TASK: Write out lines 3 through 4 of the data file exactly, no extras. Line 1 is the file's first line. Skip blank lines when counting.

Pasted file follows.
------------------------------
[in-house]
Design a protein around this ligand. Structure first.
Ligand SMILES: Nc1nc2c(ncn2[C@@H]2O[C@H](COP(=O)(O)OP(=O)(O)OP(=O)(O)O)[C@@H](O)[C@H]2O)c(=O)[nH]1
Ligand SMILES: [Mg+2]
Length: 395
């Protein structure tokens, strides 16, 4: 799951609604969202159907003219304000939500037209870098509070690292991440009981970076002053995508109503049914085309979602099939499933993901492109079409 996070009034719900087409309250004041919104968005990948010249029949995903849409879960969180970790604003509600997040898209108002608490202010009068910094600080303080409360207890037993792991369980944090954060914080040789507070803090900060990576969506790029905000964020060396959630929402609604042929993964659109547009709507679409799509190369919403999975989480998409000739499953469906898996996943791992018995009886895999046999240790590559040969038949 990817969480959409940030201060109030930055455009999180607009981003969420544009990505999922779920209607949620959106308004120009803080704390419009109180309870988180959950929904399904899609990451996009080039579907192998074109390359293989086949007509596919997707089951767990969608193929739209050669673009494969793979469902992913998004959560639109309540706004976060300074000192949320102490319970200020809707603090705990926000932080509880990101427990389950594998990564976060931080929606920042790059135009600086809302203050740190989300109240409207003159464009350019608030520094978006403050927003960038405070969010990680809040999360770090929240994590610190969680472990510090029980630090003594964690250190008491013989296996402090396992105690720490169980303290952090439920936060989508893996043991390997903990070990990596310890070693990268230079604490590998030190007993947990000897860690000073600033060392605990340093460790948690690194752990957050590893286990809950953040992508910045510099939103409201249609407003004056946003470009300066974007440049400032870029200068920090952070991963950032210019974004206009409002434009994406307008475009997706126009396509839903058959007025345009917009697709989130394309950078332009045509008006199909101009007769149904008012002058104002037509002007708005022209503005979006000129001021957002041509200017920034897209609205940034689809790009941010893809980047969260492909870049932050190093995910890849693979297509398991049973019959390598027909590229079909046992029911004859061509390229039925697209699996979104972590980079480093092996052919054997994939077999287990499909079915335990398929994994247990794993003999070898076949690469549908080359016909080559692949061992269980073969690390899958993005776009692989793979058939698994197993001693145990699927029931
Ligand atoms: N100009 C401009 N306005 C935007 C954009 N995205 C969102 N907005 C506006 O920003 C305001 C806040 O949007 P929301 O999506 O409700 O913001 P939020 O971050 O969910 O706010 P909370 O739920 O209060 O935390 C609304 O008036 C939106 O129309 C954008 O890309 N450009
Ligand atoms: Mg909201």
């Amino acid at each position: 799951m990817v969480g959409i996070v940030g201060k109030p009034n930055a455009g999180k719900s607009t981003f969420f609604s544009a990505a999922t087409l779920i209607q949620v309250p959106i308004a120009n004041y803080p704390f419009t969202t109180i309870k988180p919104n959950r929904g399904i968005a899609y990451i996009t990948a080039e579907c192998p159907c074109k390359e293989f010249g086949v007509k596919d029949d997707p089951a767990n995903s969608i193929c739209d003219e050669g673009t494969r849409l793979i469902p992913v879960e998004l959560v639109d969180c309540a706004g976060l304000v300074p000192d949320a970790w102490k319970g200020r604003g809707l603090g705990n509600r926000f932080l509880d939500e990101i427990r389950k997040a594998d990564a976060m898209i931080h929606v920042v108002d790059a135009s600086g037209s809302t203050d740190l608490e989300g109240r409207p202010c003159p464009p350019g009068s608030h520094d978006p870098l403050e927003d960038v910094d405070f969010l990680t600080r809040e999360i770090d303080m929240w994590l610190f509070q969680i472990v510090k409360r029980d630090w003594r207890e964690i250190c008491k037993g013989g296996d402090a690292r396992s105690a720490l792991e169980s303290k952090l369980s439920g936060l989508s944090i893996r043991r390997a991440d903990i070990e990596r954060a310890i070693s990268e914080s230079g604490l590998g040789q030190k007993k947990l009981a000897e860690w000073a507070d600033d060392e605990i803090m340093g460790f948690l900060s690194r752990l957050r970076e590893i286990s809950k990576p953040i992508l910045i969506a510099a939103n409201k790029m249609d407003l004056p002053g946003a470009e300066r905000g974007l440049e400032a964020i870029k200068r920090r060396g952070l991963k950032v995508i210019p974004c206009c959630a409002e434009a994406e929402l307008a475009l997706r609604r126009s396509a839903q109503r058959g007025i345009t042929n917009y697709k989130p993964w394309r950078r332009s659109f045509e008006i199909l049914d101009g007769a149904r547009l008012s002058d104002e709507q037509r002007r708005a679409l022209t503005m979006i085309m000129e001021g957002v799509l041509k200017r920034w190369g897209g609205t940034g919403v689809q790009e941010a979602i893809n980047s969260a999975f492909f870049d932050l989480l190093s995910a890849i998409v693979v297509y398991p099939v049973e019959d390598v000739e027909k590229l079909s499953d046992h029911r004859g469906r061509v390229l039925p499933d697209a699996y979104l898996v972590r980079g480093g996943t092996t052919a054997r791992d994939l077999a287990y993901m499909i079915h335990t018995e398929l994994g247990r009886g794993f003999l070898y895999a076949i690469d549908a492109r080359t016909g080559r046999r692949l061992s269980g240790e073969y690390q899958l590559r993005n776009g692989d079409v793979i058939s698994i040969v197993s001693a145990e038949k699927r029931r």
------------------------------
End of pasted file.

Ligand SMILES: Nc1nc2c(ncn2[C@@H]2O[C@H](COP(=O)(O)OP(=O)(O)OP(=O)(O)O)[C@@H](O)[C@H]2O)c(=O)[nH]1
Ligand SMILES: [Mg+2]